Russian Revanchism Must Be Defeated in Ukraine
The Ukraine war is only the first phase of a broader conflict between Western democracies and an emerging axis comprising Russia and its allies. And while the West enjoys economic, military, and technological superiority, it is in growing danger of squandering its advantages and paying a much higher price later.
BERKELEY/KYIV – Earlier this month, President Joe Biden’s administration warned Congress that the United States is “out of money – and nearly out of time” to send aid and weapons to Ukraine. This, together with the recent warning by Ukraine’s top general, Valery Zaluzhnyi, that “sooner or later we are going to find that we simply don’t have enough people to fight,” has been interpreted by some commentators as a sign of Ukraine’s imminent defeat and the urgent need to negotiate with Russia.
But this interpretation echoes the calls to abandon the United Kingdom during World War II and, more recently, the futile “non-escalation” approach embraced by the West since Russia’s invasion of Georgia in 2008.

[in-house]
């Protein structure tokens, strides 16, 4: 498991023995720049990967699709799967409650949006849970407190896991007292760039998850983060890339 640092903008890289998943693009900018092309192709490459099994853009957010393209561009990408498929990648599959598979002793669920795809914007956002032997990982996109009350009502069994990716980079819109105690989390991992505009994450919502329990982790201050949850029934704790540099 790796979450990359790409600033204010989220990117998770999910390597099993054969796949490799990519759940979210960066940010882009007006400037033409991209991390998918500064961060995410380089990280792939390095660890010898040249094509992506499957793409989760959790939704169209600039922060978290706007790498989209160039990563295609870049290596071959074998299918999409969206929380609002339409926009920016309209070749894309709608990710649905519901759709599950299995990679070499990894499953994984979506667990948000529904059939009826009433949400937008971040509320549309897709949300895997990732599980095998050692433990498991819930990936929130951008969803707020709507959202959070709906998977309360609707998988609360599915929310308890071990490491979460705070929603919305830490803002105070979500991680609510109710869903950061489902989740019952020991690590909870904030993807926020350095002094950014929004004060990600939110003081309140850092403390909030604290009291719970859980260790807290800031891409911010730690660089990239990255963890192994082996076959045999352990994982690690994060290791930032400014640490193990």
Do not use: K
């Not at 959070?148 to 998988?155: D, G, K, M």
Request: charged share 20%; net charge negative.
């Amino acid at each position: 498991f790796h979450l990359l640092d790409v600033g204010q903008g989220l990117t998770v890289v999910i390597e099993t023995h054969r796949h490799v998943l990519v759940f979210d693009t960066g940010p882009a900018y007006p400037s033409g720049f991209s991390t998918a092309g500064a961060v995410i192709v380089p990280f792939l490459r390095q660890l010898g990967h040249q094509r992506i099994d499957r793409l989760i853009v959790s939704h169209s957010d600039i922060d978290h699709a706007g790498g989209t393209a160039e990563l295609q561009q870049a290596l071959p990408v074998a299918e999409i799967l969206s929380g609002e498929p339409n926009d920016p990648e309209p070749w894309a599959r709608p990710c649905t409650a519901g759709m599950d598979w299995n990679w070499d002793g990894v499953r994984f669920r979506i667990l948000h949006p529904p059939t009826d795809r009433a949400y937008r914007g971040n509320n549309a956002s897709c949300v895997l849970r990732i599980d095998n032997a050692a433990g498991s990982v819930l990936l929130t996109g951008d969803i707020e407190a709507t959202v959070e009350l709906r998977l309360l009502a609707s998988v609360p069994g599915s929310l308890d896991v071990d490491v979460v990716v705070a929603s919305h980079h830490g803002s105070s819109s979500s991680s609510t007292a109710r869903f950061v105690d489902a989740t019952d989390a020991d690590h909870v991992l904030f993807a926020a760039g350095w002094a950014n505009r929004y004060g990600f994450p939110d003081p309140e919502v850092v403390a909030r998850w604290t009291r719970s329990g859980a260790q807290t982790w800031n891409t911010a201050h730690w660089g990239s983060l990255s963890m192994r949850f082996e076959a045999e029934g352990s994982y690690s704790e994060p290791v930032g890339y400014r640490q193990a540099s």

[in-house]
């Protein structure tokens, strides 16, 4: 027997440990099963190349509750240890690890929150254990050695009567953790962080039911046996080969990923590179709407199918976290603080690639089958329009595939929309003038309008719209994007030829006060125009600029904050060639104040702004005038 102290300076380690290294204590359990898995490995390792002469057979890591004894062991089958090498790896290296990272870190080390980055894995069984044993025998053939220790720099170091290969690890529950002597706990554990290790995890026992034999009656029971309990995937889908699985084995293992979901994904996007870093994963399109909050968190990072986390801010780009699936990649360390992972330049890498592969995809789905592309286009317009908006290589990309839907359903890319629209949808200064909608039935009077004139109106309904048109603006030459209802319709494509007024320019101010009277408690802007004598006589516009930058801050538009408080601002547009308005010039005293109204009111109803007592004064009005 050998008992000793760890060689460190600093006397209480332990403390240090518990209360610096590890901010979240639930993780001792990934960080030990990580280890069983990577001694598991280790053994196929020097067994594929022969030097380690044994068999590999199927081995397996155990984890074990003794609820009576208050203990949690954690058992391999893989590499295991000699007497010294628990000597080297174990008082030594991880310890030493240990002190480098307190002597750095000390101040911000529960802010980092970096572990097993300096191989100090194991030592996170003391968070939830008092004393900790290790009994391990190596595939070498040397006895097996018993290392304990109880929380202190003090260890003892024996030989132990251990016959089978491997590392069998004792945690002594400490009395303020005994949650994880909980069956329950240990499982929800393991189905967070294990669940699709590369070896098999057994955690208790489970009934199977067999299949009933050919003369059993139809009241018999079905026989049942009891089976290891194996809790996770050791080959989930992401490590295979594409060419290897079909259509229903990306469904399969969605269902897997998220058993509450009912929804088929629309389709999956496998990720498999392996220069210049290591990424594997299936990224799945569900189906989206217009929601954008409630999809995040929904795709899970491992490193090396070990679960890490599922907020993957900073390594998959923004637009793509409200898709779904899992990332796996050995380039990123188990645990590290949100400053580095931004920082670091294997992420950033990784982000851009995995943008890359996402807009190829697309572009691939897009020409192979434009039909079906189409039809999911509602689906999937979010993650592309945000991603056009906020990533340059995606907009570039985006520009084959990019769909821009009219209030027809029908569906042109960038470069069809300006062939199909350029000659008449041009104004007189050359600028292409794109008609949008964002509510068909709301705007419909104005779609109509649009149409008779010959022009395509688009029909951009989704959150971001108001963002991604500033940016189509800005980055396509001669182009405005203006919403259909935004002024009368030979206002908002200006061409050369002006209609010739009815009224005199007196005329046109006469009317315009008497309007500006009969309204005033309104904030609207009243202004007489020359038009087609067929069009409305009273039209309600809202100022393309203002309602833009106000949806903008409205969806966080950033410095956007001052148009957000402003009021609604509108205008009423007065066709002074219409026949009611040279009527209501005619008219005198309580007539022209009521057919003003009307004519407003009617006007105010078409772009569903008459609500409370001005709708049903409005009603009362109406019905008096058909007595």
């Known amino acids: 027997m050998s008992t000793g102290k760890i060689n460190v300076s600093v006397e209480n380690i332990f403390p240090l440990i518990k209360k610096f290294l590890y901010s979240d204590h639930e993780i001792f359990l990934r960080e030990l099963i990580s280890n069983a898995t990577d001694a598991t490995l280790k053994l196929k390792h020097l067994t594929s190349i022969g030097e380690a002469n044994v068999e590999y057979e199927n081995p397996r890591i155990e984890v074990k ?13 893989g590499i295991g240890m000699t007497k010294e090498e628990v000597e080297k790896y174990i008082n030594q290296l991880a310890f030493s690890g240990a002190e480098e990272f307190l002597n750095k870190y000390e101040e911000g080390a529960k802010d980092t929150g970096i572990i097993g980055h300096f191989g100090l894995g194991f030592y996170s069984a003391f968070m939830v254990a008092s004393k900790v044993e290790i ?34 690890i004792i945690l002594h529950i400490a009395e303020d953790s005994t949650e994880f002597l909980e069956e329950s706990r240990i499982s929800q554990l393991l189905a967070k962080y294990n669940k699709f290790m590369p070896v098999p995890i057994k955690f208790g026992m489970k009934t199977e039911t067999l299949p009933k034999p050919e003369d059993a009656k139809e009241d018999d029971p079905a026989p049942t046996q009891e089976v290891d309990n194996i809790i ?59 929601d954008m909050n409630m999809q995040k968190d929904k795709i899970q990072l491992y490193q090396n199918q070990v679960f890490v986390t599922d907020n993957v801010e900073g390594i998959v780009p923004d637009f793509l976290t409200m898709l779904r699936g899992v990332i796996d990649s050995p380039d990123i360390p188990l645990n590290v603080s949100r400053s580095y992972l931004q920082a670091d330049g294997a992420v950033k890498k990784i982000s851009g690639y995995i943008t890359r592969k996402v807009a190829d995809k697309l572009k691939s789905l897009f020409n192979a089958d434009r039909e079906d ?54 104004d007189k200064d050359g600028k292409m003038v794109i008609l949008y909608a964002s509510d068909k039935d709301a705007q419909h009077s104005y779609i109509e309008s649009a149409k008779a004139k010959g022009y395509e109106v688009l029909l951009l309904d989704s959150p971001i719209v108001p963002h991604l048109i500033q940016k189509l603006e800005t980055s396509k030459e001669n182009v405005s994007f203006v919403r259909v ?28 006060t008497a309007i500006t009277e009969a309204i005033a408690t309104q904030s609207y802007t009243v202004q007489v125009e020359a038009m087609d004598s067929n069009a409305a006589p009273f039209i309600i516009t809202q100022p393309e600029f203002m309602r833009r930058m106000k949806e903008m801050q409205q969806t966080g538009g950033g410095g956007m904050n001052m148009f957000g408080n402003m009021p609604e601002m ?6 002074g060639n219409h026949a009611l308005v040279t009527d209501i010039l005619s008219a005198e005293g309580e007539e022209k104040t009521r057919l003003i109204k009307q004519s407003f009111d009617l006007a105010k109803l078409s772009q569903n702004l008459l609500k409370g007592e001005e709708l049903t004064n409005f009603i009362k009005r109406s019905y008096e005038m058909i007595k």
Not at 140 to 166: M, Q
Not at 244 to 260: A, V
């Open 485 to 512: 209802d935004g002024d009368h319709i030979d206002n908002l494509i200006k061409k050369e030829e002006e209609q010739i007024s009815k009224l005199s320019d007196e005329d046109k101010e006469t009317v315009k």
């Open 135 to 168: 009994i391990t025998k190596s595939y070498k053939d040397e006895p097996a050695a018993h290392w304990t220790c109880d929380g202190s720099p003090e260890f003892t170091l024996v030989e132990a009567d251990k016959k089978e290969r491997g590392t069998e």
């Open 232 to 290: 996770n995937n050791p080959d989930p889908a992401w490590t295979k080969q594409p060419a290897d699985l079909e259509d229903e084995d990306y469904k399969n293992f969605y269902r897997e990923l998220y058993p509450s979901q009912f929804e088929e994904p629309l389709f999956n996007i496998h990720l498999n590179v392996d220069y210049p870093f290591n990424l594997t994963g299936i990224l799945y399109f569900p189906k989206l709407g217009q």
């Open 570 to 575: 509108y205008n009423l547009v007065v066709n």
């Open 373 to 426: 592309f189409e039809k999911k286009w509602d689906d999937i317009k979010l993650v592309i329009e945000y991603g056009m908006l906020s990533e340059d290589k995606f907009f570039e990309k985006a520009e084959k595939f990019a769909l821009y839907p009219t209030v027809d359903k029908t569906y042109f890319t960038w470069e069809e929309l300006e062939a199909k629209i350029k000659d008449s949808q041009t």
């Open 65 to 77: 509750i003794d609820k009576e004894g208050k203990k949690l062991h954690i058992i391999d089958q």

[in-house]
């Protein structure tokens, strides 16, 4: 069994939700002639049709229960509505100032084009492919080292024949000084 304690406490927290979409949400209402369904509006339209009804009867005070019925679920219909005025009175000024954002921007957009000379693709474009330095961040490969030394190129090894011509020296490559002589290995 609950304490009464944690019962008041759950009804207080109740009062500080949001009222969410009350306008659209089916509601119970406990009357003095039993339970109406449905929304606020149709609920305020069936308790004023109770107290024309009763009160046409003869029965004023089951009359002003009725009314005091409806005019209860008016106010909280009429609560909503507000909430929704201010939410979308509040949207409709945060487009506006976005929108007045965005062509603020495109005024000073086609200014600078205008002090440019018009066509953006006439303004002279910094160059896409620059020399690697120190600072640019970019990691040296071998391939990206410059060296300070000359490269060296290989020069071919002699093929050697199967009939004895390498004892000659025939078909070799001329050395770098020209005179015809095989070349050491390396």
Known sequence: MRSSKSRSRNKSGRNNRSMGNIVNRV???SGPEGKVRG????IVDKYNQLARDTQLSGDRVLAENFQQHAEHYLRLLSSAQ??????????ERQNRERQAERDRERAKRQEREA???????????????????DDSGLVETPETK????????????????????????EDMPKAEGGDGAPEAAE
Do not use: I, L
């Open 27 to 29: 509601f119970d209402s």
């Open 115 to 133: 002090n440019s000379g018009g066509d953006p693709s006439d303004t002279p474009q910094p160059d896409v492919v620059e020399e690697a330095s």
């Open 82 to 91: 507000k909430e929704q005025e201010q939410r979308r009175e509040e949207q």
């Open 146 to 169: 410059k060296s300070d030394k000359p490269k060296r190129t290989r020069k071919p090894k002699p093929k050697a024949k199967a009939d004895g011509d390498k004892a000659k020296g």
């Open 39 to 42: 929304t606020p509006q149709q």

The data tell a different story. Table 1 outlines what Ukraine has been able to achieve with the resources at its disposal. Although these figures are based on open sources like Oryx and are probably imprecise, each data point is supported by photographic and video evidence. Even with this incomplete dataset, Figure 1 clearly shows that the Ukrainian army has been significantly more effective in neutralizing Russian equipment than Russia has been in destroying Ukrainian weapons and supplies. Moreover, Ukraine has managed to retake roughly half of the territory that was under Russian control in the summer of 2022.